Slow Food USA launched Time For Lunch yesterday, a national campaign to improve school lunches. A national day of action is being held on September 7, when people in communities across America will come together at more than 100 Eat-Ins (a shared meal in a public setting), to draw attention to the need for real, healthy food in the National School Lunch Program.
The National School Lunch Program, which provides free lunches for more than 30 million children, is part of the Child Nutrition Act that Congress will reauthorize later this year. As part of the campaign, Slow Food USA has created a platform outlining specific “asks” for Congress to include in this update.
‘The way we feed our kids is a reflection of our values. We cannot, in good conscience, continue to make our kids sick by feeding them cheap byproducts of an industrial food system,’ stated Josh Viertel, president, Slow Food USA. ‘It is time to give kids real food: food that tastes good, is good for them, is good for the people who grow and prepare it, and is good for the planet.’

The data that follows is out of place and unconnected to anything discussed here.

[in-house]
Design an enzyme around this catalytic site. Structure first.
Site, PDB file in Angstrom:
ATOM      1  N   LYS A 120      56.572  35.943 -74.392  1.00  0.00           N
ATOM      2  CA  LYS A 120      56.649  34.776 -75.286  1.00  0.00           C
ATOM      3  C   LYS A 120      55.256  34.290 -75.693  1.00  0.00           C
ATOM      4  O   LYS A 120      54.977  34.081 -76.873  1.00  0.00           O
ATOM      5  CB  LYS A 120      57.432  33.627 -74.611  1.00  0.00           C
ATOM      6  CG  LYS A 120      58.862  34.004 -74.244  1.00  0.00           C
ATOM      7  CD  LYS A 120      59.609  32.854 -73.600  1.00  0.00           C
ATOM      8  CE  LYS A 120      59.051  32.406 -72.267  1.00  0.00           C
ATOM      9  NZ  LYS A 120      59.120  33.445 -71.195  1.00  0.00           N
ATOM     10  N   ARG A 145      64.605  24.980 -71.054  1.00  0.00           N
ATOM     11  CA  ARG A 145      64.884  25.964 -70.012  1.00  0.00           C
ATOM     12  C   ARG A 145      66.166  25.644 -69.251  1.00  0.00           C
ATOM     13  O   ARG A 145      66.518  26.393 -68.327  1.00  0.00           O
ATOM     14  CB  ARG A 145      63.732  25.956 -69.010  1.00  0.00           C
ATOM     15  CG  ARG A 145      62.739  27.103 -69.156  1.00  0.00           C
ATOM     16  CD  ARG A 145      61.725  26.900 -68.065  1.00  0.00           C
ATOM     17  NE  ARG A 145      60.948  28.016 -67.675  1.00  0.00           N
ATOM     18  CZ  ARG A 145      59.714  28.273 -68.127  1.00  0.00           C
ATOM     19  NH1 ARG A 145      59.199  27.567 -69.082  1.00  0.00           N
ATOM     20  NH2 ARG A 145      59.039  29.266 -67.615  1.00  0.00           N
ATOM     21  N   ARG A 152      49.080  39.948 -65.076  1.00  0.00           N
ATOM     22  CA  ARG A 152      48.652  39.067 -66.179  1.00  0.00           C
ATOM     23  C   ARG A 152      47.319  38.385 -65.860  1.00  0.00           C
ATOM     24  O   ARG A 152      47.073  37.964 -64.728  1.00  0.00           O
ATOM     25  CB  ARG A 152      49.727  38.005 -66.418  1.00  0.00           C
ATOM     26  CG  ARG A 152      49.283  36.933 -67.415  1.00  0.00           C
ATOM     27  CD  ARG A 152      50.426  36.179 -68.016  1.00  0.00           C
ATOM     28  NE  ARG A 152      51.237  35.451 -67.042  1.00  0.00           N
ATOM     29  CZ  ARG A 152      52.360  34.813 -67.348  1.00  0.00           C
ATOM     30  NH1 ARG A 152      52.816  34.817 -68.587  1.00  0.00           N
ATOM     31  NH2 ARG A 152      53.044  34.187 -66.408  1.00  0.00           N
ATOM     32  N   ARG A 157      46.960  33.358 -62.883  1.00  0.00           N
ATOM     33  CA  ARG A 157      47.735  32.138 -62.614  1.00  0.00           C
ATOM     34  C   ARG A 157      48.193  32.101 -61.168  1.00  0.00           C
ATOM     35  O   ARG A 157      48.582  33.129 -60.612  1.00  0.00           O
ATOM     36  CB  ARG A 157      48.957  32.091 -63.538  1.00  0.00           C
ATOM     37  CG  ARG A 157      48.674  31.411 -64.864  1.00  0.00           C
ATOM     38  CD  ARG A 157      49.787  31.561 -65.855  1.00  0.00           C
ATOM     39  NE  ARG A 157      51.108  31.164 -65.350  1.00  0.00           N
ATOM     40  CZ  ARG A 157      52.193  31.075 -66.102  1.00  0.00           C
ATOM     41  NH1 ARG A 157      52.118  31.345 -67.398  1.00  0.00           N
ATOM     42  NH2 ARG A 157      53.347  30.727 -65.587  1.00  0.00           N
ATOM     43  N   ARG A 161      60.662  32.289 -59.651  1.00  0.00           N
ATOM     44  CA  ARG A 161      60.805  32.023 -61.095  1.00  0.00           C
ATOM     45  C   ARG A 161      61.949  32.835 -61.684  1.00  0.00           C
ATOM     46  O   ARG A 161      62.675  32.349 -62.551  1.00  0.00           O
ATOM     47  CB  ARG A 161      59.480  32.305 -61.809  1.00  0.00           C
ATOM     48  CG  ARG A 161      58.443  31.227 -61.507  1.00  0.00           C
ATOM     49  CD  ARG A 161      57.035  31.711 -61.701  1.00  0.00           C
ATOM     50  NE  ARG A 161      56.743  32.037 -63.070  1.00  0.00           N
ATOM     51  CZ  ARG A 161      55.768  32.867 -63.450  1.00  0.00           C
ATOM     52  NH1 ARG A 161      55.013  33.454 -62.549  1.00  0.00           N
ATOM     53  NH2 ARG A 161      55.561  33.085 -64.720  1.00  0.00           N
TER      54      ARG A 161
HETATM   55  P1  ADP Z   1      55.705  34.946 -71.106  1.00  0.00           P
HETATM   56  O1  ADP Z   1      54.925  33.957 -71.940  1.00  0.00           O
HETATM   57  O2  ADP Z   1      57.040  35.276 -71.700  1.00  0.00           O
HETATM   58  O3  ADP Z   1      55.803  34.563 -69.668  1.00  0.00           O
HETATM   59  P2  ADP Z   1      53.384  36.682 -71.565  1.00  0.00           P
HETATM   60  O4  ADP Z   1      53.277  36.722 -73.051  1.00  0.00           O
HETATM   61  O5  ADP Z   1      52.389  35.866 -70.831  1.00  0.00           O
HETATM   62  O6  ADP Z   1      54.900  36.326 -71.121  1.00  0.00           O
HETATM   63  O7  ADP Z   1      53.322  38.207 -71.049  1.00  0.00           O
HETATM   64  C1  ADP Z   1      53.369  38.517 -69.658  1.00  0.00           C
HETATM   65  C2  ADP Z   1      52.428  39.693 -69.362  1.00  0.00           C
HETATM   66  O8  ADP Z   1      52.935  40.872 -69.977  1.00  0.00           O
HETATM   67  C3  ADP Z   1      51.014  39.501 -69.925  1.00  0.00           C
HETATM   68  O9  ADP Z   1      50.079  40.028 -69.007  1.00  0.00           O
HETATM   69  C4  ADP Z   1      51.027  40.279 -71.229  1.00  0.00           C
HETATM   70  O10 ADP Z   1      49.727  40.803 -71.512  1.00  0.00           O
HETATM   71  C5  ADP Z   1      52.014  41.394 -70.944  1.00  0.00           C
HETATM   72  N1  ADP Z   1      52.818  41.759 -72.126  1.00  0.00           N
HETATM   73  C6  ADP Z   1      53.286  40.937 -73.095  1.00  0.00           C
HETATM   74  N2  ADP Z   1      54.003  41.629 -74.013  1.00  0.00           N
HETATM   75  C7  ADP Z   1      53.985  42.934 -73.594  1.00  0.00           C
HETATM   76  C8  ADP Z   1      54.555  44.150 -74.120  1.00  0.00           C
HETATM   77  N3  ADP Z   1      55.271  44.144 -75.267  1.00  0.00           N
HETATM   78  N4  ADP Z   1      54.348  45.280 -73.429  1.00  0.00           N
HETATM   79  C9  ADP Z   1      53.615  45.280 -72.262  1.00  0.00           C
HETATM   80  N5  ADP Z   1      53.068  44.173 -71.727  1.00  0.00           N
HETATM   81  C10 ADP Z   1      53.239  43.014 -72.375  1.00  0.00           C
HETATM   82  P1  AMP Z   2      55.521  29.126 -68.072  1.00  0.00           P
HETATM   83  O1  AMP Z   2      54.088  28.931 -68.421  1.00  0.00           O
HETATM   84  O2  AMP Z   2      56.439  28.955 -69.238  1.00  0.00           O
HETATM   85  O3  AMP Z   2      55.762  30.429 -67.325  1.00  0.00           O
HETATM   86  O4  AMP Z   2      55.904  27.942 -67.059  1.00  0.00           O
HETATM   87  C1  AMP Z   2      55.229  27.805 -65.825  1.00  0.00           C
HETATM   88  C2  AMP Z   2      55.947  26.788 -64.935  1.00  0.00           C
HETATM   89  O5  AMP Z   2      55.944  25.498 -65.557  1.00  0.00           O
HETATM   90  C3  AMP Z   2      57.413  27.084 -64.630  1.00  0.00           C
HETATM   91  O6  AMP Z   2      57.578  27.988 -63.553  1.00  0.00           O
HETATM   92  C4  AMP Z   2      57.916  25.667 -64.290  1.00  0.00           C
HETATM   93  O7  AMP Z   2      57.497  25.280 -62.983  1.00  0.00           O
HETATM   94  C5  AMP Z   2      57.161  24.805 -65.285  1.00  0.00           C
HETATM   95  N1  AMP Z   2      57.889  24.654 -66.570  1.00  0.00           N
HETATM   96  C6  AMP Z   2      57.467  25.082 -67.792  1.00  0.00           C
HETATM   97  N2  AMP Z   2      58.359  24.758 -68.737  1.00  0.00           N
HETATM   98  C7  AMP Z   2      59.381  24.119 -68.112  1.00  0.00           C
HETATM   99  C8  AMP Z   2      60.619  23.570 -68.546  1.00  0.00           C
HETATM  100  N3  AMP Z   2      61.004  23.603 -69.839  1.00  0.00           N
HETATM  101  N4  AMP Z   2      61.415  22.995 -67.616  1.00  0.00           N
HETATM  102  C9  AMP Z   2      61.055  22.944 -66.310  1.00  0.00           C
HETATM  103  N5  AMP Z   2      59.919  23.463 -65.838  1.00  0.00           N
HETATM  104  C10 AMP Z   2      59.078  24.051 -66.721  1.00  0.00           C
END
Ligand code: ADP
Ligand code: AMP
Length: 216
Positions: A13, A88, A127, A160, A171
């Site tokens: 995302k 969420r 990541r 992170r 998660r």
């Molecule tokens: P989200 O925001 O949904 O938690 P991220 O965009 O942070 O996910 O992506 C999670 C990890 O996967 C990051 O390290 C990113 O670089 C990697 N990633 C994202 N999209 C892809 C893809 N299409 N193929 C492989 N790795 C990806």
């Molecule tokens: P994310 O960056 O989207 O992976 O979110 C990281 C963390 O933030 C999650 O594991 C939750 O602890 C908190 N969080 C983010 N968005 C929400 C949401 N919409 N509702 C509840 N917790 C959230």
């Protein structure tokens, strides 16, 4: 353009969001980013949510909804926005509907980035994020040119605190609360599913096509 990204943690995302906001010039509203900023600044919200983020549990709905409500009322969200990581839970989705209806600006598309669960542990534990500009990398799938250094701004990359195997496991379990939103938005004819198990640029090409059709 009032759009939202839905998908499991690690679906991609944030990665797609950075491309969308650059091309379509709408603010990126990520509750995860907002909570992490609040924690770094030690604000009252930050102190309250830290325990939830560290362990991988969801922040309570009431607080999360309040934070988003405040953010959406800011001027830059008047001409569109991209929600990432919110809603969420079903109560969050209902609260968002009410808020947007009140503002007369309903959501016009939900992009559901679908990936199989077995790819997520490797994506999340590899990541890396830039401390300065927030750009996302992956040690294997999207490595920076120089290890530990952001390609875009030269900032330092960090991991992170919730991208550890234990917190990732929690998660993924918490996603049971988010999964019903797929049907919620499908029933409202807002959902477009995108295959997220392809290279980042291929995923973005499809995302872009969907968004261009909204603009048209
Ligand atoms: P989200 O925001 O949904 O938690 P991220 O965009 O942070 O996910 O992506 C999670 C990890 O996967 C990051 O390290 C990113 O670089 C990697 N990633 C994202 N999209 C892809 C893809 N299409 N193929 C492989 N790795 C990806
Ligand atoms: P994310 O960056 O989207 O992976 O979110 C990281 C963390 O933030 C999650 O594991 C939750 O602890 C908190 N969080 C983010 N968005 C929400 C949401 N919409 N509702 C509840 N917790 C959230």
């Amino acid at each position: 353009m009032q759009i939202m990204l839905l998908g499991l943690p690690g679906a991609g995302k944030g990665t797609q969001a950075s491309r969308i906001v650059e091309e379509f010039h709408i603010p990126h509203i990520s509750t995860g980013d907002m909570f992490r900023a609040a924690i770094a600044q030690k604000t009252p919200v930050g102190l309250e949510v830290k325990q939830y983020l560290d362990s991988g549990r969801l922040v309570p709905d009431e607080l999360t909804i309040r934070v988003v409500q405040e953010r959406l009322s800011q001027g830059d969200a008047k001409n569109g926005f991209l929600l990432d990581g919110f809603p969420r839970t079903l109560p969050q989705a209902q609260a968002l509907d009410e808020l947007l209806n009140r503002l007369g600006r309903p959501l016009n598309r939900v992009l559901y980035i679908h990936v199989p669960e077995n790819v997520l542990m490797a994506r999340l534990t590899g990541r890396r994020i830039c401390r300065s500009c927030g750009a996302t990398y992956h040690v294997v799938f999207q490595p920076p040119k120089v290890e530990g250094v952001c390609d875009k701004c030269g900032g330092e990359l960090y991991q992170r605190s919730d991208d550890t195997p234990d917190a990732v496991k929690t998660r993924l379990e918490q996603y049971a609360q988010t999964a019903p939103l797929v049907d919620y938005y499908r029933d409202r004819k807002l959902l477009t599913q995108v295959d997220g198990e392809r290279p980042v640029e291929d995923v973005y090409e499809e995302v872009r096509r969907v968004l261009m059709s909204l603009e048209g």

The Time for Lunch campaign is asking Americans to contact their legislators and tell them to invest in the health of our children by allocating $1 more per day, per child for lunch. Currently, schools are reimbursed $2.57 for each meal served to a student who qualified for free lunch – most of this covers labor, equipment and overhead costs – but less than $1 goes toward actual ingredients.
The campaign also seeks to protect against foods that put children at risk by establishing strong standards for all food sold at school, including food from vending machines and school fast food.
Lastly, the campaign is pushing for the government to provide mandatory funding to teach children healthy eating habits through innovative farm-to-school programs and school gardens.
To read Slow Food USA’s platform for updating the National School Lunch Program, or for details on how to organize your own Eat-In on Labor Day, visit the Time for Lunch website.